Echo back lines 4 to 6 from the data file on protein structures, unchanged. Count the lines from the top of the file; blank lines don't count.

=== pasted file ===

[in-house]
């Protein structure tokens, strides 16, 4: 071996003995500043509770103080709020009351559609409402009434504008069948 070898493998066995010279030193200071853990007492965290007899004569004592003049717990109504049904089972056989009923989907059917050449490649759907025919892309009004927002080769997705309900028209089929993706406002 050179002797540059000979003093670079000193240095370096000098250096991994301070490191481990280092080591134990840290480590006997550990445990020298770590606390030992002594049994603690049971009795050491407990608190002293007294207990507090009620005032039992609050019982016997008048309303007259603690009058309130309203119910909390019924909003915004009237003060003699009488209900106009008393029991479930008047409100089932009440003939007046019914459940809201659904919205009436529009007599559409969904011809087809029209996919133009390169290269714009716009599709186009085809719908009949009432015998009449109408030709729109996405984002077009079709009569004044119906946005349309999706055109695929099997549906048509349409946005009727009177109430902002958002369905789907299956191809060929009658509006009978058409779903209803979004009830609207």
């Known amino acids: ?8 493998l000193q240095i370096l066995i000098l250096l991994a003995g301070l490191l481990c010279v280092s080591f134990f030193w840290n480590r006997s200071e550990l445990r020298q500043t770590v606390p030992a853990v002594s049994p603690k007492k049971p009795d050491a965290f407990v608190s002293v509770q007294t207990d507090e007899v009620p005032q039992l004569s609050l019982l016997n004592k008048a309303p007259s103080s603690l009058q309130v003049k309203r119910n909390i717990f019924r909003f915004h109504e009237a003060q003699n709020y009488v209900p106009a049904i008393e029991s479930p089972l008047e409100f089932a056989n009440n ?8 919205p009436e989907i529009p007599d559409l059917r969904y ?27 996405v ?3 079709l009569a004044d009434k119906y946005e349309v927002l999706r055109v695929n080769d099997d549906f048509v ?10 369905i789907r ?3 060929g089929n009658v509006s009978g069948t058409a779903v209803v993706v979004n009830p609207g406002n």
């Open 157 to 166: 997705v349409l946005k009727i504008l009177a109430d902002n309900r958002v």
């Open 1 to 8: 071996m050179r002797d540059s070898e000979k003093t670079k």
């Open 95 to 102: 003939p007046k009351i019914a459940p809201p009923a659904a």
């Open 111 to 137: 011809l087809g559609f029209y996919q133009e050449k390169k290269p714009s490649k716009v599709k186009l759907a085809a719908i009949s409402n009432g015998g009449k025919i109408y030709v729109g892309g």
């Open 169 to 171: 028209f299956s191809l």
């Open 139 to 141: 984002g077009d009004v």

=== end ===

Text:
């Open 157 to 166: 997705v349409l946005k009727i504008l009177a109430d902002n309900r958002v």
């Open 1 to 8: 071996m050179r002797d540059s070898e000979k003093t670079k």
């Open 95 to 102: 003939p007046k009351i019914a459940p809201p009923a659904a």